With a relatively milder day forecast for Monday July 11th, I headed off north into Sioux County from Scottsbluff/Gering to check up on my little quarter section of pasture about 15 miles southeast of Harrison. On the way, as I usually try to do, I swung into Agate Fossil Beds National Historic Site (River Road exit east off Highway 29) to check for butterflies, bees and anything else that might present itself. In my experience, that first ½ mile stretch east of Highway 29—including the adjacent roadsides of Highway29—can be very productive when any of the native species are in bloom. I was pleased to see that much of the milkweed (mainly A. speciosa) was well into bloom, as was plenty of wild licorice and a few other pollinator-attractive species. I quickly spotted a Monarch and a Regal Fritillary (both my first of this season…seems late!), and then an Anise Swallowtail that persisted long enough for me to get some decent photos. A Mourning Cloak zipped by too quick for me to grab a photo as I pushed into the brushy lower areas on the north side of River Road. This wasn’t marsh-suffering of the kind Neil and Jonathan recently endured for their Mulberry Wing Skipper, but the occasional nettle had me wishing I had brought a change of long pants!
I was working closer to a bumblebee to try to add to Bumble Bee Watch, when I saw a butterfly light on a milkweed bloom to my left. Wings closed it looked like a comma, but when partially open the coloration had me thinking Milbert’s Tortoiseshell (not uncommon in this area). Well identification could come later, now was the time to get some decent photographs, which the butterfly happily obliged! In fact, it flitted around me for several minutes, reminding me of some of the commas and Hackberry Emperors that always seem so “friendly” or at least curious compared to other species. I didn’t have a lot of time to spend at Agate since I had a few other spots to visit and things to do on the pasture, but I stuck around long enough to see a couple of Ruddy Coppers, a Delaware Skipper and some wood nymphs. The butterfly action was a bit slow to the north at my pasture, except for several Regal Fritillaries I flushed while walking about checking for invasive thistles. As in previous years, all of the Regals I flushed came out of thicker/taller (1-2’) patches of still-green grasses; any management practice that intentionally leaves at least some of these taller grass patches ungrazed, uncut, etc. would seem to benefit the Regals, at least in this neck of the woods. My pasture has been intentionally ungrazed for several years, so several of these taller grass patches are available on some of the swales on the property.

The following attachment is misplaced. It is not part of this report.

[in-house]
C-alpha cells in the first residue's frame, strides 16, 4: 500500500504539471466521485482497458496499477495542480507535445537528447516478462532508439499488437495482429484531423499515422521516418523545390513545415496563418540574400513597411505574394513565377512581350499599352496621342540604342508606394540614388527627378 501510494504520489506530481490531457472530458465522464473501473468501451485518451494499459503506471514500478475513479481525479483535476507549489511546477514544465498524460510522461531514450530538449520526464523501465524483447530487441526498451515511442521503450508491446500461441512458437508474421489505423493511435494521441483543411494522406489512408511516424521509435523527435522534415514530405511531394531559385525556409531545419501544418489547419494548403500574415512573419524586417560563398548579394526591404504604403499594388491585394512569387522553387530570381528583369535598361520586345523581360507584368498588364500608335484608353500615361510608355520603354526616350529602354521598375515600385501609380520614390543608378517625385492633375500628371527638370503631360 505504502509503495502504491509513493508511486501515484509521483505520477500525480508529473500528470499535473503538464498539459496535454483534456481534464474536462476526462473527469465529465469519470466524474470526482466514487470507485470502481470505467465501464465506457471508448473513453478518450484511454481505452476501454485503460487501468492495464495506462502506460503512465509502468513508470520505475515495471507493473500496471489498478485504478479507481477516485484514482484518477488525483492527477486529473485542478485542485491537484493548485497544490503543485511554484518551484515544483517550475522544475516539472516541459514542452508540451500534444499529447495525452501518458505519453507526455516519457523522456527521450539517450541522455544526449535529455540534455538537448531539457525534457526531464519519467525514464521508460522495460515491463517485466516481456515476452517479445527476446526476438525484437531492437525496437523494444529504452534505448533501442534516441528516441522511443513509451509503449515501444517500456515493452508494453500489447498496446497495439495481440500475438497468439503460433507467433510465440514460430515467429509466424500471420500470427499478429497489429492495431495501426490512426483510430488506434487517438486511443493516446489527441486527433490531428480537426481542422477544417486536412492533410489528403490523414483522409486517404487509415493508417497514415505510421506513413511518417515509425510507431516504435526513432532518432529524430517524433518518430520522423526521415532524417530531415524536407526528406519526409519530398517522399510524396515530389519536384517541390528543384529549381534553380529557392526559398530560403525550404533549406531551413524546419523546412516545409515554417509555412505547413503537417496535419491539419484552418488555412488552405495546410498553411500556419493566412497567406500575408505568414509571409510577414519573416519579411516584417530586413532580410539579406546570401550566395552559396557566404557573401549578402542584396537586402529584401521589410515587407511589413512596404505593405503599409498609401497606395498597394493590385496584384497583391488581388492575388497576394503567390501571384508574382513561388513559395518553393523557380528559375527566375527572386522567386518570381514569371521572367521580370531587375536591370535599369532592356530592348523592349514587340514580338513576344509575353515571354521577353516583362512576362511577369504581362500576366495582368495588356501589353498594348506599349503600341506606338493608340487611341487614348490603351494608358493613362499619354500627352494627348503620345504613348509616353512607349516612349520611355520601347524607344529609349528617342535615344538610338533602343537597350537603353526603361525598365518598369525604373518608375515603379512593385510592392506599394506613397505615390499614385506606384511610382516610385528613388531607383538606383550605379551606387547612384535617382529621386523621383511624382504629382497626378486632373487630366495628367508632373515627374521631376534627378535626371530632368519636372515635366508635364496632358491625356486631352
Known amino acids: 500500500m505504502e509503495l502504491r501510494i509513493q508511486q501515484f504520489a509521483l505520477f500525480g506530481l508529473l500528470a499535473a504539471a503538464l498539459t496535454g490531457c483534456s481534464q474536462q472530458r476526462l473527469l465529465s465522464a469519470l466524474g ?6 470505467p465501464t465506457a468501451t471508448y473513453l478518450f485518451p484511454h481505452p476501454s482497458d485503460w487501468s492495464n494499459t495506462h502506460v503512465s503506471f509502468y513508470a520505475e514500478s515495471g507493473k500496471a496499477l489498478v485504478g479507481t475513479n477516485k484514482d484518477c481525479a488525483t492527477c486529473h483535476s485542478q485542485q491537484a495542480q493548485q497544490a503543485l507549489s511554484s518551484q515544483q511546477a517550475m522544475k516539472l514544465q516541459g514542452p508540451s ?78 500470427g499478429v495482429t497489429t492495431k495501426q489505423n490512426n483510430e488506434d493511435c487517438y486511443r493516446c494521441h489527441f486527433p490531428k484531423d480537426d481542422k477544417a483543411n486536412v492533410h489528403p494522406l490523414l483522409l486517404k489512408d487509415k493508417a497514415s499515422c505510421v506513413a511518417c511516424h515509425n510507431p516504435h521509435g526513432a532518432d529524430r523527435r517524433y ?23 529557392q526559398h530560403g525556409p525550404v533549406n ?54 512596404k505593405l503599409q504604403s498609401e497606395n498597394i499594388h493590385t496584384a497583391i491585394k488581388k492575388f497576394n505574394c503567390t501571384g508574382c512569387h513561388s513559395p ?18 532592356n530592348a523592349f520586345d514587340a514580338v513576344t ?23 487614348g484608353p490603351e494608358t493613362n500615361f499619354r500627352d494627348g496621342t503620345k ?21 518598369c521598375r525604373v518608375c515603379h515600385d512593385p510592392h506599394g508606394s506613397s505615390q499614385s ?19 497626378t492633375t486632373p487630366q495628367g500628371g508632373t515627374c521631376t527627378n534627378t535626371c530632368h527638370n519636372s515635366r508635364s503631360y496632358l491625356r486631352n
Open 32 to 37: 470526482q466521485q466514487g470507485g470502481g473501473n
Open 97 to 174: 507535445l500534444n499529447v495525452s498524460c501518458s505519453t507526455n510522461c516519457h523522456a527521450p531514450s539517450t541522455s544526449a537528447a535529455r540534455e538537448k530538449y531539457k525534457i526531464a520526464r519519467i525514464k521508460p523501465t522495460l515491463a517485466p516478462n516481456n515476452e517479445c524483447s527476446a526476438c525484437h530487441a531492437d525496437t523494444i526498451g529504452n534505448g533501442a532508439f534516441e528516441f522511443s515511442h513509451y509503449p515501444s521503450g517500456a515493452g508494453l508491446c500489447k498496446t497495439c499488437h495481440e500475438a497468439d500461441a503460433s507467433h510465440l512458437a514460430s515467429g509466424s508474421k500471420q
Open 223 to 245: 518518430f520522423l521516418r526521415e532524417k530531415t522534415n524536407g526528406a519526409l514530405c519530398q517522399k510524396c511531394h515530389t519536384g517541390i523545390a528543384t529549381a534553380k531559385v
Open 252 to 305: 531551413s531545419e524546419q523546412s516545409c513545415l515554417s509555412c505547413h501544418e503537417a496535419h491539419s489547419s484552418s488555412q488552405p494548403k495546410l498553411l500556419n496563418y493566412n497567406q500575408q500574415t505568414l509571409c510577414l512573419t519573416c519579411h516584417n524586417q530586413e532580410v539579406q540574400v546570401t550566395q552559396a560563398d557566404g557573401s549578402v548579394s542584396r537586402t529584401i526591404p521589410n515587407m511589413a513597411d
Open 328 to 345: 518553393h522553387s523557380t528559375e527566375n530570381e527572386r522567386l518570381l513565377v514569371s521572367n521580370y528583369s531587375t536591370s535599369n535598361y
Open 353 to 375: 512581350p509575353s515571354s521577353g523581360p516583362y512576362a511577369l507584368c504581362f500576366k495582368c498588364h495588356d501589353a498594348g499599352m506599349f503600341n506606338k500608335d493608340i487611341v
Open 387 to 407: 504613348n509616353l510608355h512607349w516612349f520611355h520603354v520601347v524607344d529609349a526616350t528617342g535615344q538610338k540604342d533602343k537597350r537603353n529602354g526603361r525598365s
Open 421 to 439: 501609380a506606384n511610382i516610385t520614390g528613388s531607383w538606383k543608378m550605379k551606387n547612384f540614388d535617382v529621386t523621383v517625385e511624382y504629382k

When I got home and had the chance to inspect my photos more closely, I discovered that I had been treated to an unusual “traveler”—a California Tortoiseshell (Nymphalis californica).
Maybe Neil can weigh in with some additional information on this species, but from my brief research, this species is “prone to long-range flights, sometimes in large numbers, and may wind up far from regular breeding ranges” (Kaufman, Field Guide to Butterflies of North America). A BugGuide contributor noted that one had been spotted in Vermont (see some observation records in the US here)! The only other Nebraska sighting I could find was a historical sighting in Dodge County. Maybe this is an irruption year for this species such that some other Nebraskans can see one. Colin Croft
Editors Note: This does appear to be an “irruption year”! Steve Spomer and Matt Brust each captured a California Tortoiseshell at Gilbert-Baker SWMA on the same day (July 11). So following up a first ever pic of a Mulberry Wing Skipper in NE is a first ever pic of a California Tortoise Shell in NE. We’re on a roll! Apparently this year presents a unique opportunity to sight this unusual (for NE) species. So keep an eye out for this butterfly that only rarely strays into the state (your chances will likely improve farther west in the state). Neil
Back in 2001 I was prowling Boone County’s back roads looking for county records. I had already had some success in Nance County along the Loup River south of Fullerton but Boone County was proving to be more difficult. Then I happened upon a marsh on Beaver Valley Road west of Petersburg. It was a butterfly nirvana. Milkweeds blooming along the road were covered with butterflies, mostly skippers. Normally rare Broad-winged Skippers were abundant along with several skippers I did not recognize. I netted one unknown skipper and took it home to pin it up and id it. After passing it around to persons more knowledgeable than myself it was verified as being a Mulberry Wing Skipper, which I then donated to the UNL museum.